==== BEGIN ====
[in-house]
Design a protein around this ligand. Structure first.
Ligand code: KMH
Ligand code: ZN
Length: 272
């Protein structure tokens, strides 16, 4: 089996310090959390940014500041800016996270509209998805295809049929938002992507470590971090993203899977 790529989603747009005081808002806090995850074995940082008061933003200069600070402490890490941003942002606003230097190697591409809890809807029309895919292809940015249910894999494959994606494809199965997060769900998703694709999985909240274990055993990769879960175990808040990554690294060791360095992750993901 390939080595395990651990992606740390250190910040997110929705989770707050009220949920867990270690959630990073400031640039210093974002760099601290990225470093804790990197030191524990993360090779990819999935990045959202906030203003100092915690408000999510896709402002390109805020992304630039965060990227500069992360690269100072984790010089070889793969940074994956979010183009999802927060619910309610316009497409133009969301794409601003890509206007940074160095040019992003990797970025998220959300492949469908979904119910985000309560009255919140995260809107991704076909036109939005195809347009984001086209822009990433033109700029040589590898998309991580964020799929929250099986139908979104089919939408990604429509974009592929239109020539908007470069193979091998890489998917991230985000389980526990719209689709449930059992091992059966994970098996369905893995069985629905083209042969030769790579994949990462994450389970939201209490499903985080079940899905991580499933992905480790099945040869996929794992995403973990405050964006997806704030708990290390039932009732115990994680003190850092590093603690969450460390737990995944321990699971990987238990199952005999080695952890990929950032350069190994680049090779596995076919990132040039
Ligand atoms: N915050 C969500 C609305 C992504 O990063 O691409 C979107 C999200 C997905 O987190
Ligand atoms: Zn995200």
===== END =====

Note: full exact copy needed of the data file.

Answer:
[in-house]
Design a protein around this ligand. Structure first.
Ligand code: KMH
Ligand code: ZN
Length: 272
């Protein structure tokens, strides 16, 4: 089996310090959390940014500041800016996270509209998805295809049929938002992507470590971090993203899977 790529989603747009005081808002806090995850074995940082008061933003200069600070402490890490941003942002606003230097190697591409809890809807029309895919292809940015249910894999494959994606494809199965997060769900998703694709999985909240274990055993990769879960175990808040990554690294060791360095992750993901 390939080595395990651990992606740390250190910040997110929705989770707050009220949920867990270690959630990073400031640039210093974002760099601290990225470093804790990197030191524990993360090779990819999935990045959202906030203003100092915690408000999510896709402002390109805020992304630039965060990227500069992360690269100072984790010089070889793969940074994956979010183009999802927060619910309610316009497409133009969301794409601003890509206007940074160095040019992003990797970025998220959300492949469908979904119910985000309560009255919140995260809107991704076909036109939005195809347009984001086209822009990433033109700029040589590898998309991580964020799929929250099986139908979104089919939408990604429509974009592929239109020539908007470069193979091998890489998917991230985000389980526990719209689709449930059992091992059966994970098996369905893995069985629905083209042969030769790579994949990462994450389970939201209490499903985080079940899905991580499933992905480790099945040869996929794992995403973990405050964006997806704030708990290390039932009732115990994680003190850092590093603690969450460390737990995944321990699971990987238990199952005999080695952890990929950032350069190994680049090779596995076919990132040039
Ligand atoms: N915050 C969500 C609305 C992504 O990063 O691409 C979107 C999200 C997905 O987190
Ligand atoms: Zn995200």